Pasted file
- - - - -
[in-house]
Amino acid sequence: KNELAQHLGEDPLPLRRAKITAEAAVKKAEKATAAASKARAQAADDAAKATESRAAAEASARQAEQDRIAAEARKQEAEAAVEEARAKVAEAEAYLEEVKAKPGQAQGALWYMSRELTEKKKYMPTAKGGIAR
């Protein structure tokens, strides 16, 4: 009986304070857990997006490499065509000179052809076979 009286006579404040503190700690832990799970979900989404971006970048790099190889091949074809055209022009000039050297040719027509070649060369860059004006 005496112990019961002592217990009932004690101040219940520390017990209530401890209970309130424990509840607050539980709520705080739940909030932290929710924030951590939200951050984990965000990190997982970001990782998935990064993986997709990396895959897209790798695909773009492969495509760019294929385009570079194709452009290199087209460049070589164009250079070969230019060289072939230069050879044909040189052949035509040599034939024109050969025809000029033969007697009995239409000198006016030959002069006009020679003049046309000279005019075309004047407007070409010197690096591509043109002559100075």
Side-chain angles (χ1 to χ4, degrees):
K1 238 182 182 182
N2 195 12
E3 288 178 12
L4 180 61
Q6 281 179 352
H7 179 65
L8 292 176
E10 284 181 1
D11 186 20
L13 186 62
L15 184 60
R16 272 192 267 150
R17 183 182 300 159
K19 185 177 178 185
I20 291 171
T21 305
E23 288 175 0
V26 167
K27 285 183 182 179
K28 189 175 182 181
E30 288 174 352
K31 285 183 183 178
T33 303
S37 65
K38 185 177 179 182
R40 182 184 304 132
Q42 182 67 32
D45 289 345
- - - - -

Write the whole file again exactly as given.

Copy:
[in-house]
Amino acid sequence: KNELAQHLGEDPLPLRRAKITAEAAVKKAEKATAAASKARAQAADDAAKATESRAAAEASARQAEQDRIAAEARKQEAEAAVEEARAKVAEAEAYLEEVKAKPGQAQGALWYMSRELTEKKKYMPTAKGGIAR
């Protein structure tokens, strides 16, 4: 009986304070857990997006490499065509000179052809076979 009286006579404040503190700690832990799970979900989404971006970048790099190889091949074809055209022009000039050297040719027509070649060369860059004006 005496112990019961002592217990009932004690101040219940520390017990209530401890209970309130424990509840607050539980709520705080739940909030932290929710924030951590939200951050984990965000990190997982970001990782998935990064993986997709990396895959897209790798695909773009492969495509760019294929385009570079194709452009290199087209460049070589164009250079070969230019060289072939230069050879044909040189052949035509040599034939024109050969025809000029033969007697009995239409000198006016030959002069006009020679003049046309000279005019075309004047407007070409010197690096591509043109002559100075």
Side-chain angles (χ1 to χ4, degrees):
K1 238 182 182 182
N2 195 12
E3 288 178 12
L4 180 61
Q6 281 179 352
H7 179 65
L8 292 176
E10 284 181 1
D11 186 20
L13 186 62
L15 184 60
R16 272 192 267 150
R17 183 182 300 159
K19 185 177 178 185
I20 291 171
T21 305
E23 288 175 0
V26 167
K27 285 183 182 179
K28 189 175 182 181
E30 288 174 352
K31 285 183 183 178
T33 303
S37 65
K38 185 177 179 182
R40 182 184 304 132
Q42 182 67 32
D45 289 345